Are women dry leaves on a windy day?
By Chaithanya Sohan
The day was April 25, 2004. 1,150,000 people marched in Washington D.C. to voice their opposition against the attacks on women's reproductive rights and health. Among the thousands of women and men supporting the cause was Carole Mehlman, a 68 year old woman from Tampa, Florida who flew all the way to Washington for the event. When asked why she was there, Ms. Mehlman was prompt to reply stating, "I just had to be here to fight for the next generation and the generation after that. We cannot let them take over our bodies, our health care, and our lives". Women's issues have always been in the limelight for ages forging women to fight for their rights. Lately, the newest threat to women came in the form of George W. Bush being sworn in as the President of the United States of America. Bush was always known for his anti-women policies and laws, but on April 1, 2004 he signed the "Unborn Victims Violence Act". The act gave embryos and fetuses the same legal rights as a person, and further undermined a women's right to have an abortion. Women all over America protested against this law which gave the legislature power over their bodies and health. The law was viewed with contempt because women who were the care givers to these children they bore had no right to decide if they wanted to bring the baby into the world or not. The law strengthened the power of an embryo and undermined the position of a mother in the society. As a young woman in this country, the only question in my mind was 'why': why target the only choice women have to make? Why does this male dominated society want to challenge and control the ultimate dream every woman fosters in her- motherhood?
From the time Bush came into power, he has used women's rights as a 'political bargaining tool'. The Bush administration has had so many controversies since they came to power that women's issues have always been overlooked. Some of the rather disturbing policies of the Bush administration regarding women are as follows:
In 2003 alone, 558 anti-abortion/contraceptive measures were considered and 45 of them were implemented. Abortion was made legal in 1973 by the Supreme Court decision known as Roe vs. Wade. Through these new decrees against women, the Bush administration seems to be forcing women back to 1973, 30 years down the lane when women had no power, political or social. Today women have to fight for their rights against their dreams of motherhood, against the very embryo or fetus they are carrying. Bush seems to be concerned more about the embryo than the very human being who is responsible for keeping it alive.
Bush administration officials had voiced against an agreement at the 1994 UN at Cairo which demands controlling the population growth. From his acts it becomes rather evident that Bush is not concerned about population growth and the health of the women carrying these babies. According to the President of the National Organization for Women, Kim Gandy:
"Hundreds of millions of women around the world do not have adequate access to reproductive health services. If the Bush administration truly cared about women's health, it would join the global community in supporting the Cairo agreement."
Abortion is one of the many factors affecting the life of a woman. As the foundation of this society, women ought to be given the rights they have been fighting for. If slavery was an important phase in American history, every page of those history books talks about another kind of oppression- slavery of women, and has always been overlooked. Being the leader of the free nation, Bush ought to think beyond those walls of gender to acknowledge the fact that America is the country it is today because of the women she has fostered.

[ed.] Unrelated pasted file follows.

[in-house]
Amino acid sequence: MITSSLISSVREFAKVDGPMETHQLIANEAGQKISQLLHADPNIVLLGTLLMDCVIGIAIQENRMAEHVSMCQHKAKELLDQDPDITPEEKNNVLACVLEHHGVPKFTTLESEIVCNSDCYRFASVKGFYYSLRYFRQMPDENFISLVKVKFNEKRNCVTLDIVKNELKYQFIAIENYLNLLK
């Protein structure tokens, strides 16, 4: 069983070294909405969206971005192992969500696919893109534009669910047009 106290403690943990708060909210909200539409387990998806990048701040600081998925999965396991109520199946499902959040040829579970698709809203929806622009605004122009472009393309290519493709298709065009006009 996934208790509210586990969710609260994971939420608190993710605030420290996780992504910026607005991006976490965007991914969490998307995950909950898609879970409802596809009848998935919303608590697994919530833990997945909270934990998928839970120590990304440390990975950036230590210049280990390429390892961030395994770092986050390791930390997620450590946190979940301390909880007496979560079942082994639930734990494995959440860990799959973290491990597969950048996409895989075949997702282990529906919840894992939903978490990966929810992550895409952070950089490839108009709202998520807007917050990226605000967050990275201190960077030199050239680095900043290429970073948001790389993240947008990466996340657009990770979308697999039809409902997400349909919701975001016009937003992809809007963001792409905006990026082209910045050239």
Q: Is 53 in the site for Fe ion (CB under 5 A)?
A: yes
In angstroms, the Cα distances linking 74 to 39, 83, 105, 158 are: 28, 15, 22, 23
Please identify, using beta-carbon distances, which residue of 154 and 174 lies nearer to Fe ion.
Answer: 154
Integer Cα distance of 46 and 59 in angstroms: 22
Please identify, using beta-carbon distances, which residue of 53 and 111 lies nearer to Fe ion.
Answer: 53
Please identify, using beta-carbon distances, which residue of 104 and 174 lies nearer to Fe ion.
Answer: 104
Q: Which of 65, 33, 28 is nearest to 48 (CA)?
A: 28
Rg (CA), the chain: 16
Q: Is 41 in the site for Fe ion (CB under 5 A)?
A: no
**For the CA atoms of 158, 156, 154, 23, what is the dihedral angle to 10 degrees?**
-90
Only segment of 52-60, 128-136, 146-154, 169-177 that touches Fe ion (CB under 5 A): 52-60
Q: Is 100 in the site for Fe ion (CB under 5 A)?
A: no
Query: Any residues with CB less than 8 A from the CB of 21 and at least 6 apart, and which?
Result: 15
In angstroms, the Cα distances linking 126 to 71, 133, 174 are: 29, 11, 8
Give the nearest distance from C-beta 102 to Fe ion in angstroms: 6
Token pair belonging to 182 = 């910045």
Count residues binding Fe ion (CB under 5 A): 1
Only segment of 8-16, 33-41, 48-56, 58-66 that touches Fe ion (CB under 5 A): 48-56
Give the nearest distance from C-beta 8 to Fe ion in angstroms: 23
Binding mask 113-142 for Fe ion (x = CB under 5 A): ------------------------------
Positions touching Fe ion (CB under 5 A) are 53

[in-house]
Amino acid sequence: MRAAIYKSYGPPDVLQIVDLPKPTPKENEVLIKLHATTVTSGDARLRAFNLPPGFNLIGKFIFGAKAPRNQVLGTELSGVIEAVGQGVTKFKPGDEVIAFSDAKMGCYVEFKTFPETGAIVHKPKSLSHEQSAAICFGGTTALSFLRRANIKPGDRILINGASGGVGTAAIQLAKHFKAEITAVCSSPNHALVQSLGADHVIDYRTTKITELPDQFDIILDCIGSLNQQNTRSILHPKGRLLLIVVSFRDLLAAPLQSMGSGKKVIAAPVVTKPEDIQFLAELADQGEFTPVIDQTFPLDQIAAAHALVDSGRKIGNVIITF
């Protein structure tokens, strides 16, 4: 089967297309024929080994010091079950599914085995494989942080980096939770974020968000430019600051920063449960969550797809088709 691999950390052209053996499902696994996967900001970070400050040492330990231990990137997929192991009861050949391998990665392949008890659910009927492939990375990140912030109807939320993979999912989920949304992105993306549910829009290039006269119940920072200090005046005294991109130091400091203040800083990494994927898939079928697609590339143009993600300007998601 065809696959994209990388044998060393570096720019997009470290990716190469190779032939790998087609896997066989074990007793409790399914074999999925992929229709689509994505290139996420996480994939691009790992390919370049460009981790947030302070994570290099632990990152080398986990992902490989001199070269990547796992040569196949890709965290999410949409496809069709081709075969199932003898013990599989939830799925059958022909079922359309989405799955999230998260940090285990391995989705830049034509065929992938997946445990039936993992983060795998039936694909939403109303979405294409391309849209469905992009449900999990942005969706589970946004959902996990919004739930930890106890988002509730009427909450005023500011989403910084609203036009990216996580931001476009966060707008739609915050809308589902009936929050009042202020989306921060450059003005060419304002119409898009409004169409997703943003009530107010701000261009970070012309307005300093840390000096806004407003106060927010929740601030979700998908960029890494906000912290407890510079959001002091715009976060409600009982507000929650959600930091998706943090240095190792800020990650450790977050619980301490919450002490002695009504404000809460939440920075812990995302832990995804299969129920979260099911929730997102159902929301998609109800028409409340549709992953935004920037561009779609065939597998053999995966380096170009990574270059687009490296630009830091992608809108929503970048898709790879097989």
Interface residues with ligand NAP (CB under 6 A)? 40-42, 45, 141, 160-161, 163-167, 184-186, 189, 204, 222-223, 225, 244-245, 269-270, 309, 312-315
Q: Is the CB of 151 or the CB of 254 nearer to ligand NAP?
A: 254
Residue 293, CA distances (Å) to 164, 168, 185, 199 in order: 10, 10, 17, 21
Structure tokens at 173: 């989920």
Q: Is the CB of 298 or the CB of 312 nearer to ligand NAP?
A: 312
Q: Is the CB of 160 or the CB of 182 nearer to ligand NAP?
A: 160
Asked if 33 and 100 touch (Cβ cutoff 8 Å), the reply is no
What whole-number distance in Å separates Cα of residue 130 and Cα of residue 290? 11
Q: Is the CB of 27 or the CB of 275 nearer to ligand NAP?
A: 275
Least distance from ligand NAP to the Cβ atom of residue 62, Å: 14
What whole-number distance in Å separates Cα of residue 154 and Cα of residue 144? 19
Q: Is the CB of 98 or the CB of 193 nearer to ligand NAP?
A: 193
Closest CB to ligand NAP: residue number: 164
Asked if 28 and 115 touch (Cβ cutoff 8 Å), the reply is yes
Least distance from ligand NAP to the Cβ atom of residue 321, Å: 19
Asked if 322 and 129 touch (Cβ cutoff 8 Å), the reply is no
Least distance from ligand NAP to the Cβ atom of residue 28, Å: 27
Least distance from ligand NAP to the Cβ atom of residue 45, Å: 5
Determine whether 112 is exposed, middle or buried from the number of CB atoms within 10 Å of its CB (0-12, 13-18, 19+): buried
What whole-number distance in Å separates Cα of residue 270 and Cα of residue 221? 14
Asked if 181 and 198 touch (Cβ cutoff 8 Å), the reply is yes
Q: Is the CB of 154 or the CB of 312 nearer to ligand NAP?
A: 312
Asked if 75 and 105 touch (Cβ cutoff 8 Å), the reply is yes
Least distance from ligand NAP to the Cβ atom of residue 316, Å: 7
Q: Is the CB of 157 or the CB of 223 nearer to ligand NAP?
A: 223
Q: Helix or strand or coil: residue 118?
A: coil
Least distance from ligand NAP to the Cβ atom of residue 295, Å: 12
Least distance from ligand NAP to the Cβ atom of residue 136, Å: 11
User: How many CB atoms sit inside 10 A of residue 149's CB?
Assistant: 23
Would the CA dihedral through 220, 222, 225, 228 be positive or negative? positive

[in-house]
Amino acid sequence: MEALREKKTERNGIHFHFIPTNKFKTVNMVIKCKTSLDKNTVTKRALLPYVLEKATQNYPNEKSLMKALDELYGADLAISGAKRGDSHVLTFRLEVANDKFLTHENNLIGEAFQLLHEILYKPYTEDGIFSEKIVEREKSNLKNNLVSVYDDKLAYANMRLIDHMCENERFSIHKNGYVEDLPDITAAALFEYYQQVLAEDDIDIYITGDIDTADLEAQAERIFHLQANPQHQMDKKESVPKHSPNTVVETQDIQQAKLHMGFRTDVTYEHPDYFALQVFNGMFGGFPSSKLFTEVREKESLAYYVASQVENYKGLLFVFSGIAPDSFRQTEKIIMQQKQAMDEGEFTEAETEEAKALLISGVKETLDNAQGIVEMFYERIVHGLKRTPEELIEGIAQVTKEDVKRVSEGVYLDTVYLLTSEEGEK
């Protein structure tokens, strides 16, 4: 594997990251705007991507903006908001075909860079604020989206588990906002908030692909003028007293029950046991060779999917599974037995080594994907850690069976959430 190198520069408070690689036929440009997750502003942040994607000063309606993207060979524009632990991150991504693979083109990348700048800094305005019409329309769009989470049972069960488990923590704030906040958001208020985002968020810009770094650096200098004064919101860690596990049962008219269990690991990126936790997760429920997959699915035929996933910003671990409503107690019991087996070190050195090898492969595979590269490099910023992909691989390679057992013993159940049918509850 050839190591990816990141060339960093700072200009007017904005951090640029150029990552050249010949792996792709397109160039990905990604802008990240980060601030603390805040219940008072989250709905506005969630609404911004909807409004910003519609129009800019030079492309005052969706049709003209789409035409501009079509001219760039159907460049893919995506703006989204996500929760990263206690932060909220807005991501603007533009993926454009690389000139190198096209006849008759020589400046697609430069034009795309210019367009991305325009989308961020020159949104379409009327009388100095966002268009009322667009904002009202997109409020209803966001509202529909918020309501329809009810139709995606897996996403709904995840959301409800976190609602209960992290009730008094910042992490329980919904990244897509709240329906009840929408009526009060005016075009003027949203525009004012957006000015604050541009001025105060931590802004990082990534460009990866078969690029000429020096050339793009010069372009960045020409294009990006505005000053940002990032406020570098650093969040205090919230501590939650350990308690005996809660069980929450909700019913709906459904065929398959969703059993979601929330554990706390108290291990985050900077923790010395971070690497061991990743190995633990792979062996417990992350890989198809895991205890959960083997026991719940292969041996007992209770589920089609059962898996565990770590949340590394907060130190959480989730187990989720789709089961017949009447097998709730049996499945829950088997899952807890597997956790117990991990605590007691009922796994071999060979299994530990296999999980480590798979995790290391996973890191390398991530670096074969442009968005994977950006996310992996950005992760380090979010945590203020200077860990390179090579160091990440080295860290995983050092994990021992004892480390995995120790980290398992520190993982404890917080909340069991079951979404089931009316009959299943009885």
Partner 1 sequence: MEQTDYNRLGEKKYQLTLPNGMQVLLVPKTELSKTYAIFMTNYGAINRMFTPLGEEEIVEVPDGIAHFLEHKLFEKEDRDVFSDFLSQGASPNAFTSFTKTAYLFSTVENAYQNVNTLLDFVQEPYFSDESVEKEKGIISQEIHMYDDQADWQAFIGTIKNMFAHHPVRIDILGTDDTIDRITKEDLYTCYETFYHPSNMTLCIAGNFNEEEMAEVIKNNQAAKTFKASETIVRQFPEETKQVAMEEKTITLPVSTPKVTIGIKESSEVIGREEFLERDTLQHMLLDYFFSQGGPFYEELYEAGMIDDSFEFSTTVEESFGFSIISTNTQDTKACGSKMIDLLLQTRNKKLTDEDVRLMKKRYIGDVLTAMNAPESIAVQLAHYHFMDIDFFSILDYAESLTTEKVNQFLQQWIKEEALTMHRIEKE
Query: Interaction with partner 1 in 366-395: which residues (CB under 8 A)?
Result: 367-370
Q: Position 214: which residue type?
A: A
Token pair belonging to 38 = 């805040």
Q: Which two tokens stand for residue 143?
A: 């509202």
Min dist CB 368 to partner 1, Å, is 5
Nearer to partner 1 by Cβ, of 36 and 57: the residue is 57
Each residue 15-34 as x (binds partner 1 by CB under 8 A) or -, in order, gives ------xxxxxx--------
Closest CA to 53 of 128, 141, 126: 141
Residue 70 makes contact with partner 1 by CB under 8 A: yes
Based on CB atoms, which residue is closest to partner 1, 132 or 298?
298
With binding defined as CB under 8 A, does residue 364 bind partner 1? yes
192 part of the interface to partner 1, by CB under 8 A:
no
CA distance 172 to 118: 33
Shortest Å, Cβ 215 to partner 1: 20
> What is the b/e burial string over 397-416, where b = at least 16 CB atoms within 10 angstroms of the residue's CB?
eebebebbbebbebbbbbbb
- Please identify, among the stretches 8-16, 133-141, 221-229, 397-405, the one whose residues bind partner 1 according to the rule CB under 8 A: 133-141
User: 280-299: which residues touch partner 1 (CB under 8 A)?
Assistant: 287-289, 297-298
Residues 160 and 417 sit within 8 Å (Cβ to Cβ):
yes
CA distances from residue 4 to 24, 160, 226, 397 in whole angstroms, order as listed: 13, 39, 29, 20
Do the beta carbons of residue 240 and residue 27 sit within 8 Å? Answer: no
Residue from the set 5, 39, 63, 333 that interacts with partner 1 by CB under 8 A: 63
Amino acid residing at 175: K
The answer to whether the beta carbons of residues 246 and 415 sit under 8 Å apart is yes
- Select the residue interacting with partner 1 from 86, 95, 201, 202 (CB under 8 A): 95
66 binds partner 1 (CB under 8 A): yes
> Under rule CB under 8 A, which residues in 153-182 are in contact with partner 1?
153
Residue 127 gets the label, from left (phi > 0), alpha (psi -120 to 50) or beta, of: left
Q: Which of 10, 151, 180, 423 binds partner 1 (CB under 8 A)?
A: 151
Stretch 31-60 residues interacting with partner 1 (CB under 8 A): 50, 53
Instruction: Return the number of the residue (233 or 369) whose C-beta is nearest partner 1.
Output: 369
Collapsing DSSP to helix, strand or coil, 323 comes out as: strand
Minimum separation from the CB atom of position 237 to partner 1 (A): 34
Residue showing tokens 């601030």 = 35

Abortion is beyond a legal right to women, it is a necessity. One of the rather horrendous faces to illegal abortion was a story by a mother who accompanied her 15 year old daughter to an abortion clinic. She recalls being 15 and pregnant but her story was different than her daughter's. She went through the illegal process of abortion and was raped and abused by the person who was performing the abortion in his garage. She explains the reason why abortion ought to be legal by saying the following:
"If abortion is made illegal again women will be reduced to the horrific procedure I had done. By allowing women control over termination, pregnancies can be aborted safely, legally, and in significantly more humane settings".
Every woman in America would have a similar story to tell if abortion is made illegal. Whether legal or illegal, it is a rather necessary procedure in today's world and if made illegal, women would have to do it in a rather life threatening way. Abortion is not a pleasurable procedure for women; it is often performed because of the circumstances, either due to health reasons or the fact that the person is not capable to raise a baby.
Like a dry leaf being blown by the strong wind, women are forced to fly in the direction of the Bush verdict. Women have been playing a very integral part in the foundation of the world and I think she ought to have some rights of her own. Speaking as a woman, we would love to have the rights to live as a human being without having the government decide every aspect of our lives. Women have treaded many perilous paths to achieve the freedom they have today. They have accepted many challenges to become the modern women of today and they are not going to let some Bush administration weaken them. If Bush wants to take women back to the 1970's, he better pray they are just as innocent as they were then because women today are prepared for anything- they are like those rocks that are weathered to any kind of wind.
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